Tutor Answer

DrFrankTUTOR
School: New York University

done

Surname 1
Running Head: ANALYZING BONDS PRICES AND PROBABILITY

ANALYZING BOND PRICES AND PROBAILITY
PROBABILITY OF DEFAULT (PD), CURRENT PRICES AND IMPLICATIONS

Student
Instructor
Institution
Course Name & Code
Submission Date

Surname 2
Running Head: ANALYZING BONDS PRICES AND PROBABILITY

ANALYZING BOND PRICES AND PROBAILITY
1) Tesla’s rating before and after issuance of $1.8 billion corporate bonds priced at 5.3% 8year notes in 2017 using the credit analytics and traditional approach
Using the traditional approach, the Tesla bonds before could be rated as B2 because they
portended high credit risk, associated with low coupon rates, and were highly speculative
to the market. It is known that the company took the action of putting corporate bonds to
leverage its performance which had fallen drastically. After the input of the $1.8billion
corporate bonds the Tesla rating upgraded to “Baa1” referring to upper medium grade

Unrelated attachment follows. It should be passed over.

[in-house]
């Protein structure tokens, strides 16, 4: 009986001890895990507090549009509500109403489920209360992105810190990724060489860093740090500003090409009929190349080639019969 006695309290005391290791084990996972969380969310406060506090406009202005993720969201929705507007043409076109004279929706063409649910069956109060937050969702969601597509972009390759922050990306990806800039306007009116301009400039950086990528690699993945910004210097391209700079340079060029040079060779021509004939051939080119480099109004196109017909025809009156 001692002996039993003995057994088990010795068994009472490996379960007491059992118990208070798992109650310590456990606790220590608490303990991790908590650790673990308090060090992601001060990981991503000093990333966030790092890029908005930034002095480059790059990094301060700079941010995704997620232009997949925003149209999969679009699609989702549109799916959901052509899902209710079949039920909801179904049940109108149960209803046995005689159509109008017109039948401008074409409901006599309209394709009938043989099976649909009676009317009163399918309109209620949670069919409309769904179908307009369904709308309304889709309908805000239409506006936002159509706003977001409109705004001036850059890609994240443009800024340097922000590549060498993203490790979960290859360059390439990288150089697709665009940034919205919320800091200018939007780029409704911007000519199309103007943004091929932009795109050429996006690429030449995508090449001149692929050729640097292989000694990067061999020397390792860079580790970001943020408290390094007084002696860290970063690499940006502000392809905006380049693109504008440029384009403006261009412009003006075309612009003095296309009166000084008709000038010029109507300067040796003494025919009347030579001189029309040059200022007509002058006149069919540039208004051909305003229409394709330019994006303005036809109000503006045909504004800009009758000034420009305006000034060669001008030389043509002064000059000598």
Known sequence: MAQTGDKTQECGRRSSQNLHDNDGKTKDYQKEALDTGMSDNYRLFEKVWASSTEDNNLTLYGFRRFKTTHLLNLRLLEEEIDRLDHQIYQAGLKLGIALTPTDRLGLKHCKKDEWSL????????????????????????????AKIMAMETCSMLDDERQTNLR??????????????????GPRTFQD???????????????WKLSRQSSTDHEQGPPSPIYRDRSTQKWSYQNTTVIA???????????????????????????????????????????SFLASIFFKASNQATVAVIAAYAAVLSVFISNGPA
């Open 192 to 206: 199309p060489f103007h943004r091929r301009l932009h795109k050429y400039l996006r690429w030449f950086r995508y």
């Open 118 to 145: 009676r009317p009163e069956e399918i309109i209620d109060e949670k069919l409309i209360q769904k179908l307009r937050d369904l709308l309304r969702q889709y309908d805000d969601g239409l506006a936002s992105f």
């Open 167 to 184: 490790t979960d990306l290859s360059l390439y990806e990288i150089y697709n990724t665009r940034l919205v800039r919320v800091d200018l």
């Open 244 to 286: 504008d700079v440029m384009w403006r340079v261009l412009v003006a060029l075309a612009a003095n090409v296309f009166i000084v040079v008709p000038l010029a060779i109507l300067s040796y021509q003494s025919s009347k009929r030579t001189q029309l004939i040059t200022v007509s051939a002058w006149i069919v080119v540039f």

bonds that are somehow speculative and have moderate credit risk around 15% of default
(PD)
2) On addition of $3 billion Bonds to meet product...

flag Report DMCA
Review

Anonymous
I was on a very tight deadline but thanks to Studypool I was able to deliver my assignment on time.

Anonymous
The tutor was pretty knowledgeable, efficient and polite. Great service!

Anonymous
Heard about Studypool for a while and finally tried it. Glad I did caus this was really helpful.

Studypool
4.7
Trustpilot
4.5
Sitejabber
4.4

Brown University





1271 Tutors

California Institute of Technology




2131 Tutors

Carnegie Mellon University




982 Tutors

Columbia University





1256 Tutors

Dartmouth University





2113 Tutors

Emory University





2279 Tutors

Harvard University





599 Tutors

Massachusetts Institute of Technology



2319 Tutors

New York University





1645 Tutors

Notre Dam University





1911 Tutors

Oklahoma University





2122 Tutors

Pennsylvania State University





932 Tutors

Princeton University





1211 Tutors

Stanford University





983 Tutors

University of California





1282 Tutors

Oxford University





123 Tutors

Yale University





2325 Tutors